• The new director will more fully integrate career development and career services into the SEES division and will have articulated goals around the office’s role in the retention, progression, and graduation of students; will have embraced SEES standards of excellence; and will have developed and clearly articulated plans and goals for the unit—such as the outcomes of the unit’s evolving employer recruitment plan.
  • The director will have more broadly and clearly branded Career Development Services to its multiple stakeholders in a way that delivers on the message of life-long career development, draws students into career exploration processes throughout their time at ODU, and has outcomes that speak to success with employers and the wide variety of ODU students.

QUALIFICATIONS AND CHARACTERISTICS

Minimum qualifications for the position include a master’s degree and a track record of progressive leadership experience focused on promoting career development and facilitating relationships to promote the career preparation and success of students.

The successful candidate must be a strategic thinker and planner with the expertise, energy, and interpersonal skills to build upon the strengths of the department while fostering new cultural norms, imagining and creating strategic, developmentally-based career maps for an expanse of different student populations, and leading programs to new levels of excellence. The successful candidate must be knowledgeable of evolving employment and educational trends impacting employers, students, and alumni; possess strategic change management skills coupled with strong staff, organizational development and budget management abilities; demonstrate strong supervisory and team-building capabilities; and possess a goal-oriented, data-driven approach to generating measurable outcomes and assessments of services. Collaboration with internal and external constituents; utilization of current technologies and social media; commitment to student development; strong communication and collaboration skills; and the ability to build relevant connections with students and alumni will be important considerations in the selection of the Director.

As articulated by ODU stakeholders, the successful candidate will ideally possess the following characteristics (in no particular order):

  • possess a deep understanding of career services and experiential education—and current best practices nationally;
  • possess a vision for, and comprehensive understanding of contemporary, full-spectrum career development for a wide range of students;
  • demonstrate a record of superior communication and presentation skills, successful relationship-building, and collaboration with internal (e.g., students, faculty, staff, and administrators) and external (e.g., alumni, parents, employers, community members, and corporate partners) constituencies;
  • be a creative thinker and innovator—able to forge new ideas and strategies for relating academic majors and acquisition of classroom learning to career direction and preparation;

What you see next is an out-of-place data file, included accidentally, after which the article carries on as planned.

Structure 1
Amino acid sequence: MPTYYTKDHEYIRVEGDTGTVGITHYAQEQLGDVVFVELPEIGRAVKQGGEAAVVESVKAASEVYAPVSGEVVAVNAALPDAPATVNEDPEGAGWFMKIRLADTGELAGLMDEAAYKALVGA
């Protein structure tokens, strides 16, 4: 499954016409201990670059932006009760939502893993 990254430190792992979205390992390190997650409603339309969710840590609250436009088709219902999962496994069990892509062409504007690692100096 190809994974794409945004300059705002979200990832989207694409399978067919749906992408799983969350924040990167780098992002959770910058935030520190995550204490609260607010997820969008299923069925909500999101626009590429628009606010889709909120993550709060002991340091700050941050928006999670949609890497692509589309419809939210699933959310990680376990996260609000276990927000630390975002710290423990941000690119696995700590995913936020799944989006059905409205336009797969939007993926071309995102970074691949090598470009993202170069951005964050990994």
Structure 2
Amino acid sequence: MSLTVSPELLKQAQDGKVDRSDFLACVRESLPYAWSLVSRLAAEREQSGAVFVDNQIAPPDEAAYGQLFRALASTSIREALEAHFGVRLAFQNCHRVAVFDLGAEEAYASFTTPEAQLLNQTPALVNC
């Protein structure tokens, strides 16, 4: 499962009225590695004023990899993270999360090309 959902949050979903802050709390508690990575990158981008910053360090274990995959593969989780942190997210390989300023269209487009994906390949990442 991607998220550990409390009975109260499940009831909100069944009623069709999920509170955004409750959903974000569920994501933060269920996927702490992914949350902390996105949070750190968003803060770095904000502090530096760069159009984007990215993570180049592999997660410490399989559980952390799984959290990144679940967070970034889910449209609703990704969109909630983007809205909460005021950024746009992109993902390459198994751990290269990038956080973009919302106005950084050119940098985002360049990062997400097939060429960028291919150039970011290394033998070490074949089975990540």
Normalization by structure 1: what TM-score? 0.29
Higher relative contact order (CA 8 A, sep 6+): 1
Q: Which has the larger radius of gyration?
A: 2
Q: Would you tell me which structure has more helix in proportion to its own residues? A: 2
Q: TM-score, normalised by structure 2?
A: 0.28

• be committed to continuous improvement and evaluation of the programs and services offered by Career Development Services;
  • possess an understanding of outcomes-based assessment and the importance of this in an academic environment;
  • be goal driven, seek objectives, measure, and assess outcomes;
  • be technically savvy and proactive in employing contemporary technological solutions to ensure operational efficiency and effective communication within a high volume career services operation;
  • must be capable of developing and implementing a strategic agenda;
  • demonstrate a track record that reflects a commitment to being student-centered and assuring high levels of customer service;
  • strong management skills including budgeting and data-driven assessment skills;
  • the ability to effectively oversee a department including strategic planning, goal setting, identification of technology and human resource needs, program evaluation, and assessment;
  • possess the ability to work collaboratively with SEES unit leaders to assess best practices and tailor career services to the unique needs of the various student populations;
  • possess strong leadership, managerial, and team-building abilities—able to inspire and motivate both staff and students—and eagerly contribute to institutional goals and initiatives;
  • possess strategic planning skills coupled with effective decision-making and an ability to build coalitions and support among others;
  • understand the importance of working in close partnership with the academic colleges;
  • be familiar with expanding career opportunities for today’s students, including such subpopulations as military and veterans, distance learners, persons with disabilities, underrepresented students, etc.
  • work within the Hampton Roads community and the state of Virginia with employers to understand their needs in relation to workforce needs and economic development;
  • be goal-oriented, yet flexible to adapt to changing circumstances and evolving internal/institutional and external needs (e.g., changes in market conditions, recruitment methodologies, and/or student priorities);